Vital Zuman farm’s future uncertain after Donald Sterling’s purchase

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The owner of the Los Angeles Clippers has remained mum on what he will do with the 6-acre property after having bought it in foreclosure.

By Paul Sisolak / Special to The Malibu Times

As 2010 ended with the purchase of the Vital Zuman Organic Farm, Malibu locals and city officials are hoping the New Year will open a better and brighter future for the struggling farm-namely, that it remains open for business.

Since acquiring the site, no word has come from Donald Sterling on what the Los Angeles Clippers mogul intends to do with the 6-acre site off Pacific Coast Highway across from Heathercliff Road, after his $2.35-million purchase of the parcel last month. The property had gone into foreclosure prior to Sterling’s purchase.

Sterling’s representatives offered no comment on the status of the farm when contacted twice by The Malibu Times.

“It’s still ‘Mum’s the word,’” said Alan Cunningham, Vital Zuman owner, who noted that he hasn’t been informed by Sterling’s camp what he intends to do with the farm, a Malibu institution that’s been in Cunningham’s family for generations.

This week, city officials, including members of a special ad hoc committee, remained uncertain about Vital Zuman since the Sterling acquisition, but agreed that it should remain in its lasting agricultural incarnation.

“I think everyone hopes it will remain open to the public,” said Malibu City Council member Pamela Conley Ulich.

As for whether Sterling’s hold on Vital Zuman could mean a change in land use plans for the property, local codes may need changing to permit otherwise.

Joyce Parker-Bozylinski, the city’s planning division manager, said Vital Zuman is designated RR5, zoned for both rural and residential use. She said it’s zoned the same in the Local Coastal Plan, as well.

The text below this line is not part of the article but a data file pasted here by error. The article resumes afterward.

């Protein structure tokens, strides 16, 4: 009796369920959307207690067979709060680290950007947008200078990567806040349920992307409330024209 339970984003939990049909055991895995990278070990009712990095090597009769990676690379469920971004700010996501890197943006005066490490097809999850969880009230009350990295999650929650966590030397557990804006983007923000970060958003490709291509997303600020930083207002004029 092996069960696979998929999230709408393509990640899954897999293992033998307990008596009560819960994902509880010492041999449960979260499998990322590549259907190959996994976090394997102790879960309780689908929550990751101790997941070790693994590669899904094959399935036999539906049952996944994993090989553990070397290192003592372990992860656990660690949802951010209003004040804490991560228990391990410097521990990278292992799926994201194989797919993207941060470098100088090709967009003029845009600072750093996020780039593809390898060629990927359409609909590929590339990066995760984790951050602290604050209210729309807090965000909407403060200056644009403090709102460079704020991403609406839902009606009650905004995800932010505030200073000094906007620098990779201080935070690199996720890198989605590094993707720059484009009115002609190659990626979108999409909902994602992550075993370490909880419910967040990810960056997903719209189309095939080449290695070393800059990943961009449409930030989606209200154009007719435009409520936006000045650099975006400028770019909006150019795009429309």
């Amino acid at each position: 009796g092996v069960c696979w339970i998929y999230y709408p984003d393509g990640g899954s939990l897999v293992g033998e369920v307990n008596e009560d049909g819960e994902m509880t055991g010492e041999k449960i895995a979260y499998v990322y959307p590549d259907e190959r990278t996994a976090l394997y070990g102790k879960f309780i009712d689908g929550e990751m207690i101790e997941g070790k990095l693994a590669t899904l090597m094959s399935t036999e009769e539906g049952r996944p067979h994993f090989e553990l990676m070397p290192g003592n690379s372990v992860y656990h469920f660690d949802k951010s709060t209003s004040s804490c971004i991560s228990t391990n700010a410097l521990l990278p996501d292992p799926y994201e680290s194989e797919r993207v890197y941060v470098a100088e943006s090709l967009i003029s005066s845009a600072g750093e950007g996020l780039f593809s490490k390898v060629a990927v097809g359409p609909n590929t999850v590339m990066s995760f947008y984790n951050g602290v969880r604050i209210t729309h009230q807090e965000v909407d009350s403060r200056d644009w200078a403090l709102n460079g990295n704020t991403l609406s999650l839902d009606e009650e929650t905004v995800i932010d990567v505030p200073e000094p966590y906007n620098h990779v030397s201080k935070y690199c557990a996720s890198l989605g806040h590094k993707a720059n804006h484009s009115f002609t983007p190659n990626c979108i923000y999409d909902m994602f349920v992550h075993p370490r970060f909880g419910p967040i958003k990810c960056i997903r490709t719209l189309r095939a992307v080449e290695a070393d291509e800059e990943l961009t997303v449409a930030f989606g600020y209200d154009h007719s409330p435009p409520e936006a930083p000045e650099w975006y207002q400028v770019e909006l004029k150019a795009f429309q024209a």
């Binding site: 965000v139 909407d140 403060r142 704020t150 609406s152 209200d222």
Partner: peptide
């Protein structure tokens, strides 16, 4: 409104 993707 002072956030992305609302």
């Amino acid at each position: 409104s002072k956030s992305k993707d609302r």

Ulich, along with Mayor Jefferson Wagner, comprise the city’s two-member committee, appointed to advise groups such as the California Coastal Commission on what they recommend as the best use of the farm property.

Wagner, who last week wrote to Sterling, a part-time Malibu resident, on the matter, held some critical words for the basketball team owner and real estate businessman, believing that Sterling has other plans in store for Vital Zuman, removing another piece of Malibu’s unique coastal charm in doing so.

“I can only speculate,” Wagner said, “but Mr. Sterling will probably allow [Cunningham] to operate the farm as it is now until he comes up with a scheme for what he plans to do with it.”

Ulich, Wagner and Mayor Pro Tem John Sibert say the city hasn’t had any intentions on purchasing the parcel, and can’t front the struggling farm any financing because Vital Zuman sits on private property.

Aside from efforts to help the farm from the municipal side, the farm, by all accounts, has been struggling ever since being placed in foreclosure. It leaves Vital Zuman in its most precarious state since its founding more than 55 years ago.

Cunningham’s parents, George and Alice, began the farm in 1955, lining groves of citrus and fig trees against rows of vegetable fields. Predating by several years the chemical- and preservative-laden factory farm machine commonplace today, the Cunninghams set out to grow produce organically.

“No Chemicals, No Chlorine” is one of the farm’s mantras-standards that Alan Cunningham still strives to maintain.

For the junior Cunningham, history was his career path as a student at UCLA, until he took over the family farm, approaching agriculture with academic insight.

Since then, Vital Zuman is known as a common destination for local elementary schools embarking on field trips, learning about the organic, non-pesticidal way of tilling, growing and harvesting.

At the local collegiate level, students from Pepperdine University’s Green Team have been involved with Vital Zuman, trekking to the farm as part of a special farm collective.

Emily Rose Reeder, a Pepperdine student who runs the Green Team, said farms like Vital Zuman are critical to the “future and fertility of Malibu.”

“The preservation of farmland such as the land that’s there is so important,” Reeder said.

June Louks is also a local organic grower who backs the presence of the farm.

“To have something like this in our community that we hold sacred puts the spotlight on sustainable agriculture in Malibu,” she said. “Having a heritage farm contributes environmentally, educationally and culturally.”